Click here to return to the main site.

Book Review

Book Cover

The Kingdom of Copper (Hardback)


Author: S. A. Chakraborty
Publisher: Harper Voyager
RRP: £14.99
ISBN: 978 0 00 823944 2
Publication Date: 21 February 2019

Nahri’s life has changed out of all recognition. From her humble beginnings as a grafter in the streets of Cairo, to when she accidentally summoned the powerful Djinn, Dara, she now finds herself in Daevabad, home of the Djinn. Forced to marry into the royal court, she strains at her velvet chains, hating her husband and mourning the death of Dara, but Dara is not dead...

The Kingdom of Copper (2019. 625 pages) is the second book in the Daevabad Trilogy, written by S. A. Chakraborty. The book opens five years on from the events in The City of Brass.

In this novel we have left the world of humans far in the distance, with most of the story being based in and around the royal court. Having been made to marry the heir to the throne, Nahri continues to do what she can with her healing skills, all the time trying to find a way of breaking her people’s servitude.

Prince Ali, meanwhile, has fled the capitol after getting, unwittingly, involved in a revolution. With a price on his head, he flees into the harsh tundra which surrounds the city. Nearly caught and murdered by assassins, he flees through water, only to discover that he no longer needs to breathe when submerged. He further discovers that he has an affinity to water and can locate and influence it, but the influence goes both ways.

Dara has been given refuge by Nahri’s mother. Although he longs to put his vicious past behind him, she intends to use him for the weapon that he is. As the city prepares for the centenary celebrations, these three stories will once more intersect and that intersection will bring war and death.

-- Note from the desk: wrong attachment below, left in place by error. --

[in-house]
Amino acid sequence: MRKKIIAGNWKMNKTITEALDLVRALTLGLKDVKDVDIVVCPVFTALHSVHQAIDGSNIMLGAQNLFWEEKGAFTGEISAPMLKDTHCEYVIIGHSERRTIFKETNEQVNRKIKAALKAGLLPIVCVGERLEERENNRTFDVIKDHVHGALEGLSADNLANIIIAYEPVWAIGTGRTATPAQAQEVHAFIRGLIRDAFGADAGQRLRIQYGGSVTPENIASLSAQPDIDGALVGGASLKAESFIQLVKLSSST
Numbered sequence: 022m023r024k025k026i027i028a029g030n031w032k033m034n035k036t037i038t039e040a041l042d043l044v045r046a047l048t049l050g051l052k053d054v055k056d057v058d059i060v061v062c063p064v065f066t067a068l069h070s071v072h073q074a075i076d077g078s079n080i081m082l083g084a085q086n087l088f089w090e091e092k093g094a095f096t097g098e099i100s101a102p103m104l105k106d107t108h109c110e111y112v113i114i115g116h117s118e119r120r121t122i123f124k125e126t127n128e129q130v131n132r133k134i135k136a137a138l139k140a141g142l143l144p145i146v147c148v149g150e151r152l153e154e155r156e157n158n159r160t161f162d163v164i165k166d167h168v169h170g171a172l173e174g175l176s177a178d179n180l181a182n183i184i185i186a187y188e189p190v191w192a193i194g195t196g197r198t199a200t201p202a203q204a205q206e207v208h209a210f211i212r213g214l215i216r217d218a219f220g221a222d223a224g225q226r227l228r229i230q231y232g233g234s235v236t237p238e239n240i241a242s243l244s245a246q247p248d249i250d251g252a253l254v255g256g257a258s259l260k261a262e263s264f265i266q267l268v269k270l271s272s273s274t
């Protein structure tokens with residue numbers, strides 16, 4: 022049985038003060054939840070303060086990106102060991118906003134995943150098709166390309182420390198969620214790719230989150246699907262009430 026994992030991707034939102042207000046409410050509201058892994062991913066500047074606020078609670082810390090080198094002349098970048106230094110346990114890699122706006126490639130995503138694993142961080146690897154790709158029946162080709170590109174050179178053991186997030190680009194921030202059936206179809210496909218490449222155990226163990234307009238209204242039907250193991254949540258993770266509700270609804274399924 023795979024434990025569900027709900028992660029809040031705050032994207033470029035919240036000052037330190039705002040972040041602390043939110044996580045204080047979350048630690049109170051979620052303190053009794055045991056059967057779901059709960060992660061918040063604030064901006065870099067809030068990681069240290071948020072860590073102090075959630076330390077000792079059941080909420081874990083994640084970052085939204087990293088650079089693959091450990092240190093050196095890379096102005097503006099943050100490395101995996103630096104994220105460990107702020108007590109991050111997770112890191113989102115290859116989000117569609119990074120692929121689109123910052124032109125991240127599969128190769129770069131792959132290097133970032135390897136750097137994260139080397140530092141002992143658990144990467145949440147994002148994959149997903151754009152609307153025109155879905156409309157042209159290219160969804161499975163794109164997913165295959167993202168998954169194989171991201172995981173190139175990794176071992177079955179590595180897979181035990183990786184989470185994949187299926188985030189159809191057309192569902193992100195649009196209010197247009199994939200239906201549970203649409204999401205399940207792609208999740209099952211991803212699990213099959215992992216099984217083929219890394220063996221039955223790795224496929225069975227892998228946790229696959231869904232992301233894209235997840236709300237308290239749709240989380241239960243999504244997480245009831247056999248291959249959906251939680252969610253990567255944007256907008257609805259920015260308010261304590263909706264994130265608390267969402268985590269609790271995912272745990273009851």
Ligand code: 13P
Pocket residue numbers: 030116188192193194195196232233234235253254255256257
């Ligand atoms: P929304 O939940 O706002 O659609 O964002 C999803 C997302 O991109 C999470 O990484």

I really liked the first book in the trilogy and in some ways the new story is even better. Chakraborty has much in common with George R. R. Martin, a claim that is often thrown around by PR companies about their authors, but in this case the comparison is valid.

The author is not afraid of action sequences, they are generally well paced and she always ends each book with some crescendo of a battle, but that is not the main focus of the books.

Like Martin, Chakraborty is interested in her characters and their situation and, like Martin, her characters are not perfectly black or white. There is many a time when you could quite happily slap Nahri for behaving like a selfish brat, other times she exhibits great bravery. Nearly all her characters exist in this grey zone, which allows their interaction to remain vibrant and often unexpected.

Although the book mostly concentrates on Nahri as the main POV character there are a number of others which allows the reader access to the behaviours and thoughts that the author denies Nahri, as first-hand experience. This nice mix and their complicated personalities have the reader in a state of flux when deciding who to root for as no one is wholly good or evil.

The author provides realistic and understandable motivation for all the characters and the political and personal machinations form the backbone of the story.

I found it to be a refreshing change to the well-worn fantasy tropes and if Chakraborty can bring the trilogy to a close with a book as strong as the first two, she may well have created a fantasy classic.


Charles Packer

Buy this item online

Each of the store links below opens in a new window, allowing you to compare the price of this product from various online stores.

Kindle edition